Dental Health for Small Dog Breeds

Smaller dogs have been found to be more prone to dental problems. This could be to do with the fact that their teeth tend to be more crowded, as fitting all 42 teeth into such small mouths is a challenge. Therefore, keeping on top of dental health is even more important for small dog breeds.

Regular teeth brushing, oral gels, dental chews and specialist dental diets can all help. Take a look at our blog ‘Dental Care Tips for Cats and Dogs’ for more advice on this.

Walks and Exercise for Small Dog Breeds

How Many Walks Does a Small Dog Need?

The Kennel Club recommends around 30 minutes of exercise per day for small dogs, but some small breeds may need up to an hour. It’s best to split this into two walks a day.

Activity levels differ from breed to breed so it’s best to check with your vet how much exercise your particular small dog needs each day.

Small breeds are more sensitive to extreme weather. The dangers presented to them by very hot or very cold temperatures outweigh their need for walks, so bear this in high summer and freezing winter. Indoor activities are best in these conditions.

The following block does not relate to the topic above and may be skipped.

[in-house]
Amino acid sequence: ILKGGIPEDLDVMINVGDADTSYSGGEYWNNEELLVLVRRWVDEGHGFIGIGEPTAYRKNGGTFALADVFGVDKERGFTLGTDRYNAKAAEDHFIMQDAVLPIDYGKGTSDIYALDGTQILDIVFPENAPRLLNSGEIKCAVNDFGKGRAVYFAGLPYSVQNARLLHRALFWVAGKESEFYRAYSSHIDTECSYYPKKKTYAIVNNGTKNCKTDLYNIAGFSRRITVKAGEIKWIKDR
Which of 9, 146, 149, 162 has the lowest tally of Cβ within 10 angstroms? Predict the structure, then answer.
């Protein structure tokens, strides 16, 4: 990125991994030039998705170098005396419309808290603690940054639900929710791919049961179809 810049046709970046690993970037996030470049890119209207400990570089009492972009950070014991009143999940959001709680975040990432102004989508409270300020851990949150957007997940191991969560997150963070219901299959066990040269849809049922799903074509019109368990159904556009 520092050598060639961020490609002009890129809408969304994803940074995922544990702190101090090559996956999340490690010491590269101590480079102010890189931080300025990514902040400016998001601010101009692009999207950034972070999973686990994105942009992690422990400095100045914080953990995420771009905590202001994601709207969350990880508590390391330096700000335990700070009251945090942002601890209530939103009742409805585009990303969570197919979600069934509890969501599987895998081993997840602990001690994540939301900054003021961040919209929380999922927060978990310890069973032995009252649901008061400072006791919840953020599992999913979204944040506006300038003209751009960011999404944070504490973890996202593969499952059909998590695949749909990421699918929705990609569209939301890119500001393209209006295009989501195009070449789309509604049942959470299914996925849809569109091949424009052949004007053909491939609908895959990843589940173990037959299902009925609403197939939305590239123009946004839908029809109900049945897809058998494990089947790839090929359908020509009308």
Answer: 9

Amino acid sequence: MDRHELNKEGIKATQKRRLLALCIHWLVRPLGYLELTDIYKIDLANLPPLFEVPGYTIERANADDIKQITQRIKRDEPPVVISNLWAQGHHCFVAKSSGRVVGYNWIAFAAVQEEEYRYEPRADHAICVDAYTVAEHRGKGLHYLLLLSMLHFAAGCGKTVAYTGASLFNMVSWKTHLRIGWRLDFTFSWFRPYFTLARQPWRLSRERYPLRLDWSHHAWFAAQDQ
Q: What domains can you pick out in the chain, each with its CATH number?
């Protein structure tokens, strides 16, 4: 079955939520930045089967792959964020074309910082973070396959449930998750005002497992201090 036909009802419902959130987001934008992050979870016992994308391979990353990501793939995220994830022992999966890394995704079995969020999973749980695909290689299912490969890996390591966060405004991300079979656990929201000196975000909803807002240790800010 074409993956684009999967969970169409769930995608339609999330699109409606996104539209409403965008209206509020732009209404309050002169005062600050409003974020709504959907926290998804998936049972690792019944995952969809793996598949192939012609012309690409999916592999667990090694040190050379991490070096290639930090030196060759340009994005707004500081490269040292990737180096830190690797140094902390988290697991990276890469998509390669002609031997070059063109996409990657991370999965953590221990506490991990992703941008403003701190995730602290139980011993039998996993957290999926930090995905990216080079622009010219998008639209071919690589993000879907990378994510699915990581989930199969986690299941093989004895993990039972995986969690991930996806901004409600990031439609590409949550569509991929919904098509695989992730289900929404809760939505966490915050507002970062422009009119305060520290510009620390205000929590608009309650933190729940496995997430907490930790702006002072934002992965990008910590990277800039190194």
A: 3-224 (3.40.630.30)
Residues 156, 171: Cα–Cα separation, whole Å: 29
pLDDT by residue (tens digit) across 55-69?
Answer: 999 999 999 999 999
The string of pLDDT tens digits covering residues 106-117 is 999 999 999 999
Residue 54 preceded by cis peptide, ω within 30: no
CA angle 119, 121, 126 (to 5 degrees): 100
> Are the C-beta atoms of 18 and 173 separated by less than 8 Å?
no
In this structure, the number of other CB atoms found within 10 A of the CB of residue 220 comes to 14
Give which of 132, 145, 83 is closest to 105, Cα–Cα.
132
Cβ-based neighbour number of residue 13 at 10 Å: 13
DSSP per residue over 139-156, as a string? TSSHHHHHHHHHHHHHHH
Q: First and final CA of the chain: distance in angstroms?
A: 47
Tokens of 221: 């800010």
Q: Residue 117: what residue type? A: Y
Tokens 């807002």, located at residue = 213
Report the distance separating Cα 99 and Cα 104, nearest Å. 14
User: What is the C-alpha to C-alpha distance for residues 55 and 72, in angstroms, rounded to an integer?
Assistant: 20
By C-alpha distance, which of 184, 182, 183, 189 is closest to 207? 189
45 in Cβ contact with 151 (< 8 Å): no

Staying Safe on Walks

Walking in busy public spaces can be dangerous. Understandably, small breeds are not always seen by members of the public, and in busy spaces, they risk getting trodden on. While it’s still essential that small dog breeds are able to socialise and have plenty of walks, you’ll need to be mindful of the places you take them.

Socialisation is just as important for small dogs as it is for bigger breeds. However, be a little cautious if your dog comes across a bigger breed to play with in the park. While it’s likely to be unintentional, playtime between small and big dogs can sometimes result in injuries for the former. It’s important to closely monitor play between small and larger breeds to make sure everyone is safe and happy.

Small Dog Harness

You might want to consider getting a small dog harness to make walks safer and more comfortable for your pup. Small dogs can injure themselves by straining against their collar on walks – they are prone to a condition called tracheal collapse. Harnesses redistribute the pressure over a wider area of the body to avoid this. Harnesses are also more secure than collars, so your small dog is less likely to wriggle out.

Do Small Dogs Need Clothes?

Small dogs are a lot more susceptible to the cold. While they won’t need clothing all year round, many small dog breeds will benefit from a dog coat during the winter months.

It’s important to make sure the coat you choose fits your dog well. Most dog coats will come in a range of sizes, one of which should be suitable for small dogs, but make sure you measure your dog first. Read our blog, ‘How to Measure a Dog for a Coat’ for advice on this.